Tag Archives: determinant

Integer sets without singular matrices

Let’s say that a set A\subset \mathbb N contains an n\times n singular matrix if there exists an n\times n matrix with determinant zero whose entries are distinct elements of A. For example, the set of prime numbers does not contain any 2\times 2 singular matrices; however, for every n\ge 3 it contains infinitely many n\times n singular matrices.

I don’t know of an elementary proof of the latter fact. By a 1939 theorem of van der Corput, the set of primes contains infinitely many progressions of length 3. (Much more recently, Green and Tao replaced 3 with an arbitrary k.) If every row of a matrix begins with a 3-term arithmetic progression, the matrix is singular.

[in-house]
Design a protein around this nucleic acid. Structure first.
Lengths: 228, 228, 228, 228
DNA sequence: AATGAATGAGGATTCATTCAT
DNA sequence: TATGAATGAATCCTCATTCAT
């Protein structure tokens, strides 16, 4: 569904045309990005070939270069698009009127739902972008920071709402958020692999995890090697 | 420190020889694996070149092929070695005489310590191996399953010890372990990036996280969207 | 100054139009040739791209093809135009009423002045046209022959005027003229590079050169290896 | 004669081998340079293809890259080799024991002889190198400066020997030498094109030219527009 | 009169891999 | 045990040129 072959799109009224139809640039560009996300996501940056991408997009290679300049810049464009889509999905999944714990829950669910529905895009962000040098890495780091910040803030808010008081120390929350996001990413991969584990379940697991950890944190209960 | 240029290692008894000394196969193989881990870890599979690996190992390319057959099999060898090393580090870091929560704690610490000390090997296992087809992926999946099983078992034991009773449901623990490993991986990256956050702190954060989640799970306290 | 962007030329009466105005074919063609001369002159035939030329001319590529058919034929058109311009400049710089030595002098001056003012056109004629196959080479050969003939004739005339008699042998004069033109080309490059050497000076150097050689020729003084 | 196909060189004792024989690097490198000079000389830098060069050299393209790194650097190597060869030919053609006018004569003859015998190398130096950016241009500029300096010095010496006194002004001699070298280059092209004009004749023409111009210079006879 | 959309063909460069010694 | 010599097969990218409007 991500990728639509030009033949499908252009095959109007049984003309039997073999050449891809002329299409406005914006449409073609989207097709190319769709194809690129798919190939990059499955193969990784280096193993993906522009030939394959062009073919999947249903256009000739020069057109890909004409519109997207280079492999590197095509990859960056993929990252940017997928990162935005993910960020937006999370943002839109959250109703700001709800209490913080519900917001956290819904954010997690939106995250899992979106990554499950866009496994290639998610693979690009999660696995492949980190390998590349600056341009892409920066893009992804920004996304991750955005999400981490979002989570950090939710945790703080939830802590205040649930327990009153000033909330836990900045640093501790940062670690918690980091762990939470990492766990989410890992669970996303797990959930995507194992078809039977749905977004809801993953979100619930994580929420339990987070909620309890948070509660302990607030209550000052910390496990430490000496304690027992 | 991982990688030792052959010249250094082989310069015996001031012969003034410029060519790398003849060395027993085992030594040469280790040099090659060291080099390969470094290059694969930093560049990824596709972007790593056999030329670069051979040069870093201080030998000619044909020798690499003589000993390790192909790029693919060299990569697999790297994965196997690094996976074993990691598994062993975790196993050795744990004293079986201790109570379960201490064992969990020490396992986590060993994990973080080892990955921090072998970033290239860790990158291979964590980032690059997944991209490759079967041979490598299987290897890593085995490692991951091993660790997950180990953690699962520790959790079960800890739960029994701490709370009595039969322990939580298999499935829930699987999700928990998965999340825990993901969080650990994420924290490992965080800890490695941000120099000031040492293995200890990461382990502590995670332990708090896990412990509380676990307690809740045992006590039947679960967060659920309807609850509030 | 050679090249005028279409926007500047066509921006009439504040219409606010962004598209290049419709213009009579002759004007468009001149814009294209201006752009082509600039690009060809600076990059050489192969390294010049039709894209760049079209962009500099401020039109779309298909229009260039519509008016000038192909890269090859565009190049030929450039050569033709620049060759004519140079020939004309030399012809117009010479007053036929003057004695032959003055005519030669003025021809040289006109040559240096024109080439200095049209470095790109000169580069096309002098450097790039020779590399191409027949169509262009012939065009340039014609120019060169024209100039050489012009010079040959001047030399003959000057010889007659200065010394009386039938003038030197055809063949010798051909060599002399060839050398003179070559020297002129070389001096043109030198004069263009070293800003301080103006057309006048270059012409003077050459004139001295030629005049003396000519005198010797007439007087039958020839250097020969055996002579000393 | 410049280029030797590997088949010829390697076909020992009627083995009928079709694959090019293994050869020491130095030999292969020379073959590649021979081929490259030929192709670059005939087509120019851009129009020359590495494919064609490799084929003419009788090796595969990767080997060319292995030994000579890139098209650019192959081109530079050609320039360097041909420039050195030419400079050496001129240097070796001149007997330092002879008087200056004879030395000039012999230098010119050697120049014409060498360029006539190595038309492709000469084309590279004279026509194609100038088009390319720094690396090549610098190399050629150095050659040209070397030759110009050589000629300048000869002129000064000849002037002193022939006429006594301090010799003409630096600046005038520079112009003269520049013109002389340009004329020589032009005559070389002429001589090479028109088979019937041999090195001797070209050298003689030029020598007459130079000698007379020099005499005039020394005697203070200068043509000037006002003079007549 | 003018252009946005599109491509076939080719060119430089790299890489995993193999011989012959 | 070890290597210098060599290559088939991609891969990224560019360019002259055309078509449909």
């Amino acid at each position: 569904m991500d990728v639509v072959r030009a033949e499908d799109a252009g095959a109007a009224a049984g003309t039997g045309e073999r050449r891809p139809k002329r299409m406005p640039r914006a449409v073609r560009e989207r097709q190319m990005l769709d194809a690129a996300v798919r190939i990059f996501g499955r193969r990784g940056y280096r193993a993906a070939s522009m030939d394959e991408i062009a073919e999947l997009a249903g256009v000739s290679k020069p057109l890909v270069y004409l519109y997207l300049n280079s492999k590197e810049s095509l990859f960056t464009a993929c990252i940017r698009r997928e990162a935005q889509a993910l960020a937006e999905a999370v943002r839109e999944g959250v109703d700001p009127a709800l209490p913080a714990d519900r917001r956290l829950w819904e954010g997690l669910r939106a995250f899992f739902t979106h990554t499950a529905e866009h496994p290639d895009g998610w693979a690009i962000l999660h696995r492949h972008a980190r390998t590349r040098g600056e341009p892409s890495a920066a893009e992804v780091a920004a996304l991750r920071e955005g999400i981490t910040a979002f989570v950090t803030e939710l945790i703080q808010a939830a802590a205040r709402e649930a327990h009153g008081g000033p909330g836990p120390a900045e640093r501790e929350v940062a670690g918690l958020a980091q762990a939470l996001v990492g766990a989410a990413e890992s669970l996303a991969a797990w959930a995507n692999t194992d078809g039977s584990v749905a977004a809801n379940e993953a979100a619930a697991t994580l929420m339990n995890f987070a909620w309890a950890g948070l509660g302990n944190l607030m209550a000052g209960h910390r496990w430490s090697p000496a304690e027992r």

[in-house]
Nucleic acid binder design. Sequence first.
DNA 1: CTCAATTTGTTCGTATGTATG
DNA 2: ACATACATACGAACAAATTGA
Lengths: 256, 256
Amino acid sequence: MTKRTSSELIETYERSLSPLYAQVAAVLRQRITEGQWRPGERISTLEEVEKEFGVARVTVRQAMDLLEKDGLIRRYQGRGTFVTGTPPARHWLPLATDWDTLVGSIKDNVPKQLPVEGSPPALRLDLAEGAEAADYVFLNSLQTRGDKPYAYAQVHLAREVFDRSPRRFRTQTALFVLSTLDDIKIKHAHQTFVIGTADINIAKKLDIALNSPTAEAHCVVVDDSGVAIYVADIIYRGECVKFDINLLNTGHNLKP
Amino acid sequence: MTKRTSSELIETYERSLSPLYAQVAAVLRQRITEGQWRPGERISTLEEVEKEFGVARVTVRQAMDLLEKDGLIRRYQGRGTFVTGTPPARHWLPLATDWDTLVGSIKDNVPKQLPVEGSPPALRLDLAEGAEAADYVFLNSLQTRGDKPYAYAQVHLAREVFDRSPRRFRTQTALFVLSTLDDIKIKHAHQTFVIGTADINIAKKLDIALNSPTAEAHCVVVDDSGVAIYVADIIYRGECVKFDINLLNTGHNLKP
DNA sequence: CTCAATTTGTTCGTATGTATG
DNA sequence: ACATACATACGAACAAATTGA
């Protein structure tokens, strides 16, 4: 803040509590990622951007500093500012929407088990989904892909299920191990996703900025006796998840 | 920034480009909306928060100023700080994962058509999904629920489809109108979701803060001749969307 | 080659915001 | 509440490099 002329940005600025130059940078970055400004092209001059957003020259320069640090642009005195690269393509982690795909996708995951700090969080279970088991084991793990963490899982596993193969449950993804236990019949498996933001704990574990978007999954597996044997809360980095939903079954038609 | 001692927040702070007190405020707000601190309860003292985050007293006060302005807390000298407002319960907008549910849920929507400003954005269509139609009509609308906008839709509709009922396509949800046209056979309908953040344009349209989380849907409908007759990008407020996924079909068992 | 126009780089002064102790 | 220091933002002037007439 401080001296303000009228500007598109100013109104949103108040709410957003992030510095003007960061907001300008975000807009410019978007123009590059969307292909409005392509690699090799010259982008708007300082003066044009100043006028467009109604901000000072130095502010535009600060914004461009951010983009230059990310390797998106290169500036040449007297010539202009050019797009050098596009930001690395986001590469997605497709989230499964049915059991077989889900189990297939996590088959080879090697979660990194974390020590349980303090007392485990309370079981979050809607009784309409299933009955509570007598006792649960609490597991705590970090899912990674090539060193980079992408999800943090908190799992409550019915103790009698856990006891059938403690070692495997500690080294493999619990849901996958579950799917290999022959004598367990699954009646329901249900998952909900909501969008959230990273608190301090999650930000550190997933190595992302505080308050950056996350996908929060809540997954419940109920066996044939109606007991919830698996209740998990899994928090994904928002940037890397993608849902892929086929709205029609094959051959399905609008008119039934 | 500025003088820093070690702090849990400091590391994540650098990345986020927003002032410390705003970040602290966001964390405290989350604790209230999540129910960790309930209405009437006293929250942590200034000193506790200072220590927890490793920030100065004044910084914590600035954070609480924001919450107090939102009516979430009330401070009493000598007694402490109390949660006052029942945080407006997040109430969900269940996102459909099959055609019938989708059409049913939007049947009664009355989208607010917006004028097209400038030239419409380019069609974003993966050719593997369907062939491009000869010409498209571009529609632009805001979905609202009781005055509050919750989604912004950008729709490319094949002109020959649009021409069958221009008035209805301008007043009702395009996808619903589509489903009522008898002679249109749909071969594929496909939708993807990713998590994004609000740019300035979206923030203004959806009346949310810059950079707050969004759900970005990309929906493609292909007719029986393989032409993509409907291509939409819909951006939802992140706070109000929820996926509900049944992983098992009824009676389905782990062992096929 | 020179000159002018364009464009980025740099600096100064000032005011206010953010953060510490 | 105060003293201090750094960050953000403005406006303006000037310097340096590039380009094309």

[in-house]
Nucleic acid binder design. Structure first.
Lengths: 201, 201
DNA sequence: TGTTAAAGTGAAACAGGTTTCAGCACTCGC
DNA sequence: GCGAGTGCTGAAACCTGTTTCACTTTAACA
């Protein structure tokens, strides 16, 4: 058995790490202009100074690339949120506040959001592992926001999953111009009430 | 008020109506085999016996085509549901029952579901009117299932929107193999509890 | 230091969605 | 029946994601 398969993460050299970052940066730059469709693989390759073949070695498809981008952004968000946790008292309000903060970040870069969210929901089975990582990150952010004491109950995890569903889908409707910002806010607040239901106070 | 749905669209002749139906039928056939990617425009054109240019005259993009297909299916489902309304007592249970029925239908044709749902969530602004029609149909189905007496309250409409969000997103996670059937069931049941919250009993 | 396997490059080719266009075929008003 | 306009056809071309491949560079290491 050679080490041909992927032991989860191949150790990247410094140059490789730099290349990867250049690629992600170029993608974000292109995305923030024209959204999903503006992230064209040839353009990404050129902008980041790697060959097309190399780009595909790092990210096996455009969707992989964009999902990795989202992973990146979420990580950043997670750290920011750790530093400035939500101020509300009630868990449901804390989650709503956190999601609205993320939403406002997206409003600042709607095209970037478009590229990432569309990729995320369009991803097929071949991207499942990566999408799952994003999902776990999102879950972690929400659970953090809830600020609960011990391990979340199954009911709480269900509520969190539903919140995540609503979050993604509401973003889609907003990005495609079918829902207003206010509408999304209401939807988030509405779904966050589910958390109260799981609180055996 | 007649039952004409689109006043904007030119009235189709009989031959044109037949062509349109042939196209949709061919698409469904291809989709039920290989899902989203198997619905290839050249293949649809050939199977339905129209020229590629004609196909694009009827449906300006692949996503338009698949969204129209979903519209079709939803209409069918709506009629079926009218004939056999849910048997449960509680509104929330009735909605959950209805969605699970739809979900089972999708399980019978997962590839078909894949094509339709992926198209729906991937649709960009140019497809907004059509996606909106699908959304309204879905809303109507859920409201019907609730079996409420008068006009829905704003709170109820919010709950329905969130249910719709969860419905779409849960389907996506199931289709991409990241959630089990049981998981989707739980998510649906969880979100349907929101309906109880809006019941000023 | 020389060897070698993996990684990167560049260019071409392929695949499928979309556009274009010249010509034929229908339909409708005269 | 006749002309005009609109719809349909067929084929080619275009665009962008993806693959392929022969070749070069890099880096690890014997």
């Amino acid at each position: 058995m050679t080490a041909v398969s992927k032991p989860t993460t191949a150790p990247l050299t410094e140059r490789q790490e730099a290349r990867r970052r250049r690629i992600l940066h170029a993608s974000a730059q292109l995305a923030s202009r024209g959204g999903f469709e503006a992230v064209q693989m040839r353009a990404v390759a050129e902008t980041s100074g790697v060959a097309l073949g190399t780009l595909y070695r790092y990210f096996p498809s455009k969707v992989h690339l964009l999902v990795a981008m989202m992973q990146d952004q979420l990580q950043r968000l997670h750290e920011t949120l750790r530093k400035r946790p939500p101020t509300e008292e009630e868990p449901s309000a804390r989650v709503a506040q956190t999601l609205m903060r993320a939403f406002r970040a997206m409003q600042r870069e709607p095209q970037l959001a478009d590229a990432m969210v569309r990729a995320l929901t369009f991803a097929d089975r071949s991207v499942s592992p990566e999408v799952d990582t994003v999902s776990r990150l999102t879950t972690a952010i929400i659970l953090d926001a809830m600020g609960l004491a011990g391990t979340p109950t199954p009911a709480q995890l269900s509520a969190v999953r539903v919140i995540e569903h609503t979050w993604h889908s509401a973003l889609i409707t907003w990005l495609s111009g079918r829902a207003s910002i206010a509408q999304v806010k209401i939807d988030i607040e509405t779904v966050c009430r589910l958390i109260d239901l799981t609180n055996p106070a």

In the opposite direction, one may want to see an example of an infinite set A\subset \mathbb N that contains no singular matrices of any size. Here is one:
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